Avoiding a dirty scope crisis: 5 steps to improve quality assurance with enhanced visual inspection

Recent incidents of bacterial infections in patients linked to dirty arthroscopic shavers and endoscopes have spurred dramatic change in device reprocessing and sterilization strategies. Yet many healthcare organizations' central processing departments have yet to follow suit, endangering both patients and hospital personnel.

Fortunately, advanced technology and intentional visual inspection practices can greatly improve hospitals' processing quality, Stephen Kovach, director of education at Healthmark Industries, said during a June 1 webinar sponsored by Healthmark Industries and hosted by Becker's Hospital Review.

A need for improvement
Device-related infections at premier healthcare institutions have become increasingly prevalent in the past few years. A report by the federal Food and Drug Administration found as many as 350 patients at 41 medical facilities worldwide were infected by or exposed to contaminated scopes between January 2010 and October 2015. In the U.S., notable infection incidents have occurred at RonaldReganUCLAMedicalCenter and CedarSinaiMedicalCenter, both based in Los Angeles, and VirginiaMasonMedicalCenter in Seattle, in the past three years.

Some scope- and shaver-related infections have occurred at hospitals where staff meticulously followed processing protocol. For particular instruments, such as some endoscopes, processing guidelines recommended by device manufactures have proved inadequate at eliminating infection-causing bacteria and residual organic contaminants, said Mr. Kovach. This has prompted infection control agencies to reform reprocessing recommendations as new surgical instruments prove harder to clean. Organizations such as the Association for the Advancement of Medical Instrumentation, the Association of periOperative Registered Nurses, the Society of Gastroenterology Nurses and Associates, and Instructions for Use now advise hospitals to enhance their visual inspection processes using advanced visual support technology and cleaning verification methods.

Still, many hospitals have yet to implement quality assurance practices that align with new industry guidelines, said Mr. Kovach. A 2014 survey by Healthmark Industries found only 7 percent of respondents said staff performed enhanced visual inspection methods in their healthcare facilities. As hospitals prepare to make the leap to quality-based reimbursement models, updating central processing practices should be a crucial priority for hospital quality assurance teams.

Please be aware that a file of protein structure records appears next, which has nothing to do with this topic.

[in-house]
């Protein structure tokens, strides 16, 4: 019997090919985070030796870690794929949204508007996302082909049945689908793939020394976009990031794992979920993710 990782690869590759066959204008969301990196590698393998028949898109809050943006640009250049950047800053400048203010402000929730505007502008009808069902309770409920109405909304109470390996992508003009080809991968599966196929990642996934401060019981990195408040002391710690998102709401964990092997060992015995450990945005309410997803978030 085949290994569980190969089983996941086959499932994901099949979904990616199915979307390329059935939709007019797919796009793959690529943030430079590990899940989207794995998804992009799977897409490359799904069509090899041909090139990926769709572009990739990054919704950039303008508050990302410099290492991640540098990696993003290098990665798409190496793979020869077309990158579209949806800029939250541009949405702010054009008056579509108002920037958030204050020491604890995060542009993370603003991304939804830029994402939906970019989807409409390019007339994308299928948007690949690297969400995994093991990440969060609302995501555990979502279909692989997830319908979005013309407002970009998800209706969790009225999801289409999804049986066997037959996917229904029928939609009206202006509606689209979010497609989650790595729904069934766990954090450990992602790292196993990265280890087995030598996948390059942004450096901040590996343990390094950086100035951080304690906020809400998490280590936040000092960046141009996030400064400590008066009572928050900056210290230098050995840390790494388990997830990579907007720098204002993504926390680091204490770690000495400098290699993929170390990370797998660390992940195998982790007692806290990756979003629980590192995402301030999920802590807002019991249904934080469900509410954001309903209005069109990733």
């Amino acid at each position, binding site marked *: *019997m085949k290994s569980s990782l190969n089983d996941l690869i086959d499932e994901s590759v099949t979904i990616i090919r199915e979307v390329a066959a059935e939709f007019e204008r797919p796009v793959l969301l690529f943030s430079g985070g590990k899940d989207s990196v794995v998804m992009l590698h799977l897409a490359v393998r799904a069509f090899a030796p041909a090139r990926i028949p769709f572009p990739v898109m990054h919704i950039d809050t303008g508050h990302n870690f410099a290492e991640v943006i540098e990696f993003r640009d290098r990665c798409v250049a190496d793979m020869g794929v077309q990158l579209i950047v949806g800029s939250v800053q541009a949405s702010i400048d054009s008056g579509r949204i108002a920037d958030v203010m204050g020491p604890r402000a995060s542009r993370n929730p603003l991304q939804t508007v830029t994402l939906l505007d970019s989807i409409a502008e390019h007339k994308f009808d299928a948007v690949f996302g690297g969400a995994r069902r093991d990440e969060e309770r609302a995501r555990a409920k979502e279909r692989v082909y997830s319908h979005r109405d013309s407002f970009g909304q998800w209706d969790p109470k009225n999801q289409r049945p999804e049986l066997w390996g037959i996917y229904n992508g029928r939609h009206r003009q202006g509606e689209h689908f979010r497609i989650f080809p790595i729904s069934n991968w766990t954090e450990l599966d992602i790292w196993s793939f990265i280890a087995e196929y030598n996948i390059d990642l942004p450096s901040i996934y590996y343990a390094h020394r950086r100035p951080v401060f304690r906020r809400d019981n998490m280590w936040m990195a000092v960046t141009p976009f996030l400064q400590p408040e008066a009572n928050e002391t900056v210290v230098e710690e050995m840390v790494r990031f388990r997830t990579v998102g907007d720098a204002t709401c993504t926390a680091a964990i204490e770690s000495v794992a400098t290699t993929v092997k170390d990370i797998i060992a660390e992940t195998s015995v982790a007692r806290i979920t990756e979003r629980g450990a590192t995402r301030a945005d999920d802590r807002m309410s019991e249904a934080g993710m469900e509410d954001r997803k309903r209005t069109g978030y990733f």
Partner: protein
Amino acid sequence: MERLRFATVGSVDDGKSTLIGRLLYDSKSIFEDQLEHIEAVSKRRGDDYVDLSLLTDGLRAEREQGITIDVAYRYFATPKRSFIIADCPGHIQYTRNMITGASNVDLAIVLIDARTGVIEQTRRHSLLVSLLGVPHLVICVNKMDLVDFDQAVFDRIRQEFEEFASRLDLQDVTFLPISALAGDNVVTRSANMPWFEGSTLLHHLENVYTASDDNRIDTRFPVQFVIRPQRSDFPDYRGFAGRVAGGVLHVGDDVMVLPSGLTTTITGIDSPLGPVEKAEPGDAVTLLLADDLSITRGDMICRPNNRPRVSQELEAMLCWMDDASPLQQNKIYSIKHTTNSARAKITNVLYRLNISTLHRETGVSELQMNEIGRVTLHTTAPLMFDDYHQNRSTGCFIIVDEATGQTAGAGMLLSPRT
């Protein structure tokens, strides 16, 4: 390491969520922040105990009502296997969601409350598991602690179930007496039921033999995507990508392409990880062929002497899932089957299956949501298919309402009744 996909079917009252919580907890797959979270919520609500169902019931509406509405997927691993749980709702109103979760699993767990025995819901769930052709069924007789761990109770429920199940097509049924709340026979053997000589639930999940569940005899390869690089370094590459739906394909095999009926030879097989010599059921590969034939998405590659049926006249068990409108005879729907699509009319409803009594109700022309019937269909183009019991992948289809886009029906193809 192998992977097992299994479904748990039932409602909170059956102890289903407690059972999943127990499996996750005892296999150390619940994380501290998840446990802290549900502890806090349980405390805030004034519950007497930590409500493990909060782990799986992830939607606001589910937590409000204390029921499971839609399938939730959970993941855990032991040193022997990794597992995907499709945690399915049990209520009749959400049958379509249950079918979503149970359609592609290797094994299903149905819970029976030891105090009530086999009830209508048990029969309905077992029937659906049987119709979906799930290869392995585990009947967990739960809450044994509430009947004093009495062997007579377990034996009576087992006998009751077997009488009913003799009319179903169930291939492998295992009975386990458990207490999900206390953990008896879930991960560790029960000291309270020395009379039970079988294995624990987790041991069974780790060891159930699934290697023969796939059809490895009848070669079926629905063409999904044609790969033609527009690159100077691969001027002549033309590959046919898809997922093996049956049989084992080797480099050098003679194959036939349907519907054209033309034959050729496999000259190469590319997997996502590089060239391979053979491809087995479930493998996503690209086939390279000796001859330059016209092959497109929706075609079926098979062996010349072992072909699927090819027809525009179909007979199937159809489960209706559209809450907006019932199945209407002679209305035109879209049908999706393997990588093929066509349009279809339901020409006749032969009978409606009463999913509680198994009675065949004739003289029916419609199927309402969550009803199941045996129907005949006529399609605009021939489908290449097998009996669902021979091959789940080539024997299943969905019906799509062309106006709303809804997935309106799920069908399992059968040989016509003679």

Best practices for enhanced visual inspection
"Enhanced visual inspection and cleaning verification methods are ways hospitals can build quality assurance into processing of flexible endoscopes," shavers and other reusable surgical devices, said Mary Ann Drosnock, manager of clinical education for endoscopy at Healthmark Industries. Mr. Kavech and Ms. Drosnock elaborated on the five key steps in enhanced visual inspection that align with AAMI, IFU, AORN and SGNA recommendations.

1. Visual inspection. Visual inspection involves using the unaided eye to inspect medical devices for defects in functionality, pitting, stains, residue and other imperfections during devices' processing cycles. If the device is dirty, personnel may manually re-clean the device at this point.

2. Magnification. Sterilization and central processing staff should employ magnification tools during inspection for added visual support. Simple devices, such as a magnifying glass, help staff discover organic contaminants or other defects on devices that are undetectable to the naked eye.

3. Enhanced visual support tools. Today's advanced technology enables personnel to examine medical devices in a more thorough and effective way. AAMI, AORN and IFU recommend using visual support technology to examine internal and difficult-to-see areas of surgical instruments. An investigation of a hospital's endoscope devices by research firm Ofstead & Associates found by using a boroscope to look inside reprocessed endoscopes, 71 percent of endoscopes failed the criteria for a patient-ready device. With advanced examination tools, such as flexible boroscopes and USB-enabled microscopes, central processing staff can examine contaminant-prone areas previously inaccessible to the naked eye.

4. Verification methods. When central processing personnel discover foreign contaminants, staff should employ methods to identify unknown contaminants or stains found on surgical devices. This enables staff to derive actionable insights into problematic processing procedures and implement revised, improved quality control methods. Staff can use flush, swab or ATP systems to perform identification tests. Verification methods to detect organic matter include protein, hemoglobin and carbohydrate tests.

5. Documentation. Processing staff should consistently document each step during reprocessing of reusable instruments. This is important for the hospital to show adherence to quality control protocol and record images or processing notes for teaching purposes. Some enhanced visual support tools even have documentation capabilities built in. For instance, USB-enabled microscopes allow staff to instantly record images during examinations for department records.

To download a record of the presentation slides, click here

To watch a recording of the webinar, click here


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